Interview: Problem

April 17, 2013

Before embarking on a tour with Iamsu!, LA rapper Problem stopped over in New York for an unexpected BET taping and afternoon hang. At our office, he talked about staying young when you're kind of old, wearing condoms and the "big circle" of California guys who keep him on track.

You were born in Germany. How'd you come to love the West Coast? My parents are both from Louisiana. I was in Germany for the first year of my life. Würzburg, Germany. My dad was in the service. At first I never wanted to go there [as an adult], to keep it real, but now, I’m anxious to go back and see what it looks like. But I grew up in Compton. I was always recording. At first I was signed to my own label, me and my cousin had a little joint. We were bumping our heads a lot cause we didn't really know the business. We were still in the streets, selling stuff, just working. But it didn’t count. We don’t really count it till you start making money. So before 2008, I was just interning. In 2008, that’s when it was like, Okay, this is my job, this is what I do.

How old were you in 2008? I was out of high school in 2008. I’m a little older than people think. I've got 5 children. Kiiiiiidz with a z. My oldest is 13. I started very early. Don’t do this at home. Put on a condom and don't be like me. Having kids will teach your ass to get up and do something. I got 11 kids, it seems like, cause they each have three personalities in them. They want stuff and their mommas want more. So it’s like, I gotta get crackin. Maybe my age will be a mystery like Eazy-E’s age. Remember how no one knew how old he was? Whatever age Juicy J is, I wanna be like that when I’m that age. Whatever he is, I like it. He is going hard.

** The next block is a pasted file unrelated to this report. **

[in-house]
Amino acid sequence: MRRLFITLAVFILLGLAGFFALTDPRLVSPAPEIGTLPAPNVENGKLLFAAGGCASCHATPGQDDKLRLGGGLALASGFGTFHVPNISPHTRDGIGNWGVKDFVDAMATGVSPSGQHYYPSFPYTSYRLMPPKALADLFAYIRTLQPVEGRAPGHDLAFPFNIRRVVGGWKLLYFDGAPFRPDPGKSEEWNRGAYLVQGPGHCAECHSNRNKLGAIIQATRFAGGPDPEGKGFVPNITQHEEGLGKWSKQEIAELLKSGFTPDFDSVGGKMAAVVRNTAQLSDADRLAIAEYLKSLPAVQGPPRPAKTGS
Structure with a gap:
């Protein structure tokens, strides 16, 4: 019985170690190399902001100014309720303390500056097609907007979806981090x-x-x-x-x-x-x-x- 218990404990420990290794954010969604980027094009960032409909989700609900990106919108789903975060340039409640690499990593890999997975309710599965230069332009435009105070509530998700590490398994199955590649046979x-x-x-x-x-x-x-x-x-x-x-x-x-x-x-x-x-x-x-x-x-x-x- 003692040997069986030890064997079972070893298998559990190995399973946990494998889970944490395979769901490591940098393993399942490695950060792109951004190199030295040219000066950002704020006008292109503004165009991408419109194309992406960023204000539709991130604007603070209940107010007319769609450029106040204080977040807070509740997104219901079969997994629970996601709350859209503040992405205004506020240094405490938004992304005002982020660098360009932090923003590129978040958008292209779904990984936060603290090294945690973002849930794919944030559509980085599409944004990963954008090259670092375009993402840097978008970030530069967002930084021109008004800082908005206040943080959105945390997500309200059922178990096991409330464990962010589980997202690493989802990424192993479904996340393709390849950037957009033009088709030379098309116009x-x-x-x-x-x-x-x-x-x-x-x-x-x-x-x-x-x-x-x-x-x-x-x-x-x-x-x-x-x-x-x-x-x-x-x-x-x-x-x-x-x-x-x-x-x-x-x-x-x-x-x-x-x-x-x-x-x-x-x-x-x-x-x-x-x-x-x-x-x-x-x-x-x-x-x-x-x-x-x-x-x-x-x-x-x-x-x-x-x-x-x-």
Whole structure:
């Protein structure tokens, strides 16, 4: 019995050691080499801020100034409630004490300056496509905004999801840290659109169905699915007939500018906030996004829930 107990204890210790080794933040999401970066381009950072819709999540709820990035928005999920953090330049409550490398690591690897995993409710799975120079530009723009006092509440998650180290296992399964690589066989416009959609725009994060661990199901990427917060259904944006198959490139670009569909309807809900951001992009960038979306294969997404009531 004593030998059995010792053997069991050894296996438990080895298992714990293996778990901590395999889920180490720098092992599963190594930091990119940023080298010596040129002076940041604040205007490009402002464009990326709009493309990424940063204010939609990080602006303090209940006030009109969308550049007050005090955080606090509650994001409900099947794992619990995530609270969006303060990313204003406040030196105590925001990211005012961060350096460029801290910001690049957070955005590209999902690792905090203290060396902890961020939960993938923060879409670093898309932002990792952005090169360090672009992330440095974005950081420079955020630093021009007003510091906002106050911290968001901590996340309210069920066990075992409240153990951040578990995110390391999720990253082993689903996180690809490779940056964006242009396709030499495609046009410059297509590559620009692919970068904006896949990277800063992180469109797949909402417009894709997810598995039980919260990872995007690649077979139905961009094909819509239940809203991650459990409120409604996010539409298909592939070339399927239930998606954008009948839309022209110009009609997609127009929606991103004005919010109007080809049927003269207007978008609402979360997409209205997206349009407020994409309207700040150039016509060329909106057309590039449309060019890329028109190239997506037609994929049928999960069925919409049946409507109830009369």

How'd you make so many friends in the industry? You've popped up on songs with Chris Brown, E-40, Master P, Juicy J, Omarion… I got my first break writing for Snoop. I wrote for his last three rap albums. Not the Snoop Lion though. I was able to see different things, how he interviewed, how he recorded. I got cool with everyone. Kurupt, DJ Quik. We were around each other for like six months straight, working on the album. It just so happens that the people I met while working with Snoop happen to be pretty cracking now. But when I work with them, or new people, I bring my element to whatever we’re doing. It’s all about being cool. I’m not trying to work with you to get the buzz. If I can’t sit around and smoke, if we can’t sit around and have a conversation like you and I are doing now, I can’t work with you. I’m not into the emailing thing.

What happened to your brief major label deal? I was signed, Universal Republic, early 2009. It was a two single deal. It ran its course and I got out of it. Every rapper’s dream is to be signed. You think you can kick your feet up at the point. You can’t. You have to work harder. With a major it’s about numbers, it’s not about, Oh, these people know my song. It’s about, This doesn’t look right on paper. I’d be like, Naw I’m killing the club, I’m killing the club! I’m not gonna say it was a good or bad thing, but at the time I didn’t know how to work it. It wasn’t the label’s fault, it was a lack of knowledge on my part.